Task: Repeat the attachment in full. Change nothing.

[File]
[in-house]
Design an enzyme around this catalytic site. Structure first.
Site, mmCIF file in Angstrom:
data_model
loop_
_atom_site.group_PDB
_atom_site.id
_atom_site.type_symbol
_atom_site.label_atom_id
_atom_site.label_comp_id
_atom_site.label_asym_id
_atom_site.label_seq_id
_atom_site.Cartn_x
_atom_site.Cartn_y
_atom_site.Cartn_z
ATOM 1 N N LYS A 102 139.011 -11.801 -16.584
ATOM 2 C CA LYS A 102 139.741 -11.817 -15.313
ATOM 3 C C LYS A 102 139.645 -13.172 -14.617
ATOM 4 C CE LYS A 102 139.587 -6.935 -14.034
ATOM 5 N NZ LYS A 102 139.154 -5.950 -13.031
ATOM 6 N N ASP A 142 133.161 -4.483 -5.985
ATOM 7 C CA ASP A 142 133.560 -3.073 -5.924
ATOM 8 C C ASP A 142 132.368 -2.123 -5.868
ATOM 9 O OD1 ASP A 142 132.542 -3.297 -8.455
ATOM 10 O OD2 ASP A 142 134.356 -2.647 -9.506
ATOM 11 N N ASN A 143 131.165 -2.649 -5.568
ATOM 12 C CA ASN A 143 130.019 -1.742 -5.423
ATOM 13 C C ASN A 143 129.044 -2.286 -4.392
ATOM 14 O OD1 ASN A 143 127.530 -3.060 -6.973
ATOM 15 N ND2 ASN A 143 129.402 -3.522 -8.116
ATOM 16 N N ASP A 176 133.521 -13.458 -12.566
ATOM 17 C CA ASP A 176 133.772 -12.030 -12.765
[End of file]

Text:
[in-house]
Design an enzyme around this catalytic site. Structure first.
Site, mmCIF file in Angstrom:
data_model
loop_
_atom_site.group_PDB
_atom_site.id
_atom_site.type_symbol
_atom_site.label_atom_id
_atom_site.label_comp_id
_atom_site.label_asym_id
_atom_site.label_seq_id
_atom_site.Cartn_x
_atom_site.Cartn_y
_atom_site.Cartn_z
ATOM 1 N N LYS A 102 139.011 -11.801 -16.584
ATOM 2 C CA LYS A 102 139.741 -11.817 -15.313
ATOM 3 C C LYS A 102 139.645 -13.172 -14.617
ATOM 4 C CE LYS A 102 139.587 -6.935 -14.034
ATOM 5 N NZ LYS A 102 139.154 -5.950 -13.031
ATOM 6 N N ASP A 142 133.161 -4.483 -5.985
ATOM 7 C CA ASP A 142 133.560 -3.073 -5.924
ATOM 8 C C ASP A 142 132.368 -2.123 -5.868
ATOM 9 O OD1 ASP A 142 132.542 -3.297 -8.455
ATOM 10 O OD2 ASP A 142 134.356 -2.647 -9.506
ATOM 11 N N ASN A 143 131.165 -2.649 -5.568
ATOM 12 C CA ASN A 143 130.019 -1.742 -5.423
ATOM 13 C C ASN A 143 129.044 -2.286 -4.392
ATOM 14 O OD1 ASN A 143 127.530 -3.060 -6.973
ATOM 15 N ND2 ASN A 143 129.402 -3.522 -8.116
ATOM 16 N N ASP A 176 133.521 -13.458 -12.566
ATOM 17 C CA ASP A 176 133.772 -12.030 -12.765